West Hartford Middle Schooler Excels in National History Day Competitions

Rising freshman Luke Kalke representing Connecticut at the National History Day competition.

West Hartford student Luke Kalke earned second in the Connecticut State History Day Contest in the Junior Individual Documentary category and represented Connecticut at the National History Day contest. 

By Bridget Bronsdon 

Luke Kalke, a 2023 Sedgwick Middle School graduate, made his National History Day debut this past May as he earned second in the Connecticut State History Day Contest in the Junior Individual Documentary category. Kalke then went on to represent Connecticut at the National History Day contest at the University of Maryland. 

Although it was his first National History Day competition, Kalke blew his opponents out of the water with his research on the Truth and Reconciliation Commission and post-apartheid racial tensions in South Africa. 

“The TRC was a frontier because it helped create a less prejudiced South Africa by giving many South Africans who were severely impacted by apartheid a voice to address their past without judgment and move forward, which aided in the development of a post-apartheid South Africa,” Kalke wrote in his formal composition. 

As complex as the historical sequence may be, Kalke approached the themes with grace. The rising freshman explained that it’s important to be able to look back at history and “see you can resolve problems by talking about it.” 

When discussing where the spark of inspiration came from, Kalke described a book club activity in school that jump-started his research. After reading “The Power of One,” a novel detailing a young boy’s struggles with the early days of apartheid, Kalke was drawn to the subject matter. From this point, Kalke began researching Desmond Tutu, commissioner of the TRC, and collaborated with his QUEST teacher David Lee to narrow down his project lens.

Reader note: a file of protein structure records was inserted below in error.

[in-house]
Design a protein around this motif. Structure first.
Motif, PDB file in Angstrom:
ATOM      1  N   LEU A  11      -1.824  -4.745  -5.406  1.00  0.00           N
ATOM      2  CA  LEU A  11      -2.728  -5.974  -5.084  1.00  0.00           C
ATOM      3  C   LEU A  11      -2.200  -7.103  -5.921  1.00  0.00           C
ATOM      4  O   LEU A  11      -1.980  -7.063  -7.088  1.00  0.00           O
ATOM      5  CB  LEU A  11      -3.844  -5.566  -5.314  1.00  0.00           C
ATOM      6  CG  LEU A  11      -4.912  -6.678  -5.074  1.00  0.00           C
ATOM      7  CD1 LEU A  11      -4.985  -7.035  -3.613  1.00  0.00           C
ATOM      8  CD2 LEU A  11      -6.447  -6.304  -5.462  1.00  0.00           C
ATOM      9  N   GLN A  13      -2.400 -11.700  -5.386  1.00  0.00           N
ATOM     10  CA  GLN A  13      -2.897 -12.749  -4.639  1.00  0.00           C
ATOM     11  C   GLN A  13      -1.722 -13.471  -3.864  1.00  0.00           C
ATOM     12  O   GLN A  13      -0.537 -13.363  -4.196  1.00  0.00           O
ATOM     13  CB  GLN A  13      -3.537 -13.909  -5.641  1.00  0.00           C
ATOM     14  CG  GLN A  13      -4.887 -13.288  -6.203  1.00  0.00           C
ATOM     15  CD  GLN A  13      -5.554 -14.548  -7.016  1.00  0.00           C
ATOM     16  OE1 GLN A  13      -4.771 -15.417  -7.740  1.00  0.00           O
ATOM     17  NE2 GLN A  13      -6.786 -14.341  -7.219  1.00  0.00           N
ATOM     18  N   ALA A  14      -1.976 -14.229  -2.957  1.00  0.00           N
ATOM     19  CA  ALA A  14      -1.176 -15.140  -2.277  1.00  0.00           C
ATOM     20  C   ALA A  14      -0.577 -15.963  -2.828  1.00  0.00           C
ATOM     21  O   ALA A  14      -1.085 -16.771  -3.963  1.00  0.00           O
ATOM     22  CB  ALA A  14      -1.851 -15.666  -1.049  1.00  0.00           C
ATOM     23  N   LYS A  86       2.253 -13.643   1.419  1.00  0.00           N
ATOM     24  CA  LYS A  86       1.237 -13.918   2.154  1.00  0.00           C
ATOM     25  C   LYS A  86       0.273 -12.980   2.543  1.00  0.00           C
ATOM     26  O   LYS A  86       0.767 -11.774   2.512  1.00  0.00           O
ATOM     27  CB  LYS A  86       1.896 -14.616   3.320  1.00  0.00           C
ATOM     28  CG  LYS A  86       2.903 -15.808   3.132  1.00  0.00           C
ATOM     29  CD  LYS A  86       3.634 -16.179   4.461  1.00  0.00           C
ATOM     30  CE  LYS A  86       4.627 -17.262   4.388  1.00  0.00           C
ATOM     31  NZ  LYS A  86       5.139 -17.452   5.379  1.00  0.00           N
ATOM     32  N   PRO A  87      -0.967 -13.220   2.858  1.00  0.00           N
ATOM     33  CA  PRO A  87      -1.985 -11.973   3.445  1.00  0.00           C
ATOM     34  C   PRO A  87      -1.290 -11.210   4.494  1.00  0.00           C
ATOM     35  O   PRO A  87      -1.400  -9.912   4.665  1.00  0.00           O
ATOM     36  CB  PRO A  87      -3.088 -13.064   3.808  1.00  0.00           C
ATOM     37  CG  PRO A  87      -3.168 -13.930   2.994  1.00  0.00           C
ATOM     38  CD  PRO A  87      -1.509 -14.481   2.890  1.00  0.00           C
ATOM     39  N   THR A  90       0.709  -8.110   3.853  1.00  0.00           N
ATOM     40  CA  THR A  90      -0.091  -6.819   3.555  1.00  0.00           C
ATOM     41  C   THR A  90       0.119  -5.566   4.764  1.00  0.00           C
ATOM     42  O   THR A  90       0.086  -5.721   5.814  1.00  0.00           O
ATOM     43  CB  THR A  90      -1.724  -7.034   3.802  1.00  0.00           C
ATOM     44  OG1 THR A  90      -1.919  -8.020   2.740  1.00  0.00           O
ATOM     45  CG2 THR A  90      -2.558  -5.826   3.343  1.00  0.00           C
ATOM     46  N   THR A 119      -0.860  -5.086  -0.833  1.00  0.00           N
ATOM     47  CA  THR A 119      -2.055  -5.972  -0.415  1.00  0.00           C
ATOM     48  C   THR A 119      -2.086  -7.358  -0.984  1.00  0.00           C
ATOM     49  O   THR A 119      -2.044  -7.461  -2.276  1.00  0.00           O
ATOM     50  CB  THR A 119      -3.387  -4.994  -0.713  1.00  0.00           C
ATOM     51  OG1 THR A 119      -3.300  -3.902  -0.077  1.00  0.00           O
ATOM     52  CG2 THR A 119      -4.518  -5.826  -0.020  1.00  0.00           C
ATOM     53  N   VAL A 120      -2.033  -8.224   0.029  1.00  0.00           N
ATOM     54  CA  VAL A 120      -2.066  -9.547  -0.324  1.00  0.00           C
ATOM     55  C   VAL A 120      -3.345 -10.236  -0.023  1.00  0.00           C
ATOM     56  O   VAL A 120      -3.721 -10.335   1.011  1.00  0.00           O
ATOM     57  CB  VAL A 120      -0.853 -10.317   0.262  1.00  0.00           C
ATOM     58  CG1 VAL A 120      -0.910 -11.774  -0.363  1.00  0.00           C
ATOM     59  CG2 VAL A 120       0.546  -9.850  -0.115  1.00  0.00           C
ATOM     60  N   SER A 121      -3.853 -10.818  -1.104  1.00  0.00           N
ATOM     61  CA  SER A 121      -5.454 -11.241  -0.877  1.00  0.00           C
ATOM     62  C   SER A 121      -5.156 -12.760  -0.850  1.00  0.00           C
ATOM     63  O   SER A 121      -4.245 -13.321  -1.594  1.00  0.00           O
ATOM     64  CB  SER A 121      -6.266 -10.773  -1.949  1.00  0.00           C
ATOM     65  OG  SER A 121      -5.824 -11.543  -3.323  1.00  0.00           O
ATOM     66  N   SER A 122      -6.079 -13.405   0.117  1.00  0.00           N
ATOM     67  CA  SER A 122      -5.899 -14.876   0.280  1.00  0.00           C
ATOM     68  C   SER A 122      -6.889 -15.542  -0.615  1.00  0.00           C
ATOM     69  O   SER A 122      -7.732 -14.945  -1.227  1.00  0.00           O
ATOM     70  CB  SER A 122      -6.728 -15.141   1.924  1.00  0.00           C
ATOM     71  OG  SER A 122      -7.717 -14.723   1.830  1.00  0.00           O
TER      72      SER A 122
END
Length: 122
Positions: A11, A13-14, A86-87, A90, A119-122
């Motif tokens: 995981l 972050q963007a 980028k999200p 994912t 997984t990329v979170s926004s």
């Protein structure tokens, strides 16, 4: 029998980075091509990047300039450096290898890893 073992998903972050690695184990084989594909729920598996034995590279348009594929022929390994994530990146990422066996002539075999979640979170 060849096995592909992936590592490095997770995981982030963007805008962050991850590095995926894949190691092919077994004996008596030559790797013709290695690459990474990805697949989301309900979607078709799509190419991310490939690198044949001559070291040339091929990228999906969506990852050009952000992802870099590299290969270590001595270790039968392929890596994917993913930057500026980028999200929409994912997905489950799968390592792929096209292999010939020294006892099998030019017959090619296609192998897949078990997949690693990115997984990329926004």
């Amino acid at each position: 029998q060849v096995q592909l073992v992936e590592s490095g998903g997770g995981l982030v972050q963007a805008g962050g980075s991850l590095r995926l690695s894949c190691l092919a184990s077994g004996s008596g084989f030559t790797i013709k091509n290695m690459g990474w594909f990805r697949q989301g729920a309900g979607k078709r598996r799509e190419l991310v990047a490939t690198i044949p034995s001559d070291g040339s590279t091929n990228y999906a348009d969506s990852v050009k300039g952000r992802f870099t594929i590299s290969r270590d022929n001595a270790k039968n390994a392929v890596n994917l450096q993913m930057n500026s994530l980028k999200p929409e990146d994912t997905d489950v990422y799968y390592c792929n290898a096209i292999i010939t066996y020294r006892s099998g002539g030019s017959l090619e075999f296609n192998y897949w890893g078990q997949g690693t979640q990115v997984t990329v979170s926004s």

When formulating his research, the young historian didn’t simply rely on interview clips and photos, but he went a step further in conducting his own interview. Kalke had the opportunity to sit down with Alexander Brederode, a professor studying in South Africa. Dr. Brederode was able to describe first-hand accounts to Kalke regarding living in South Africa at the time of apartheid. Through this discussion, Kalke was able to gain new perspectives but also said that it “opened my eyes to what I’m missing.”

Following a lengthy creation process, Kalke was ready to debut his project. The first of the competitions was a regional round in which he was able to receive critiques. Kalke was then able to use the critiques he received from the judges to add new elements to his project.

Even though Kalke had roughly two weeks to modify and remodel certain aspects of his documentary, he explained, “I think that is where most of my improvement happened.” 

From this point, Kalke entered the state’s round. “States was very difficult because there were a lot of strong projects,” Kalke said. Even so, the young researcher prevailed and went on to earn second place. “It was very exciting because going from third in regionals to second in states is a big jump and that really motivated me to push more to have a great project in finals.”

Amidst all the fierce competition, Kalke was able to walk away from the project with a deeper message, one of empathy and education. “Going through it and actually learning about all the traumatic experiences that happened and the people affected by apartheid,” Kalke said. “It opened up my eyes that there’s a lot that people are missing and don’t know about tragic stuff that happened in history.”

Kalke continued, “From this, I learned that I can spread ideas and important history to others so that we know more about history and so that history doesn’t repeat itself.” 

Following the year-long project, Kalke can walk away from his research not just as a National History Day champion, but as a rising historian.

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Bridget Bronsdon

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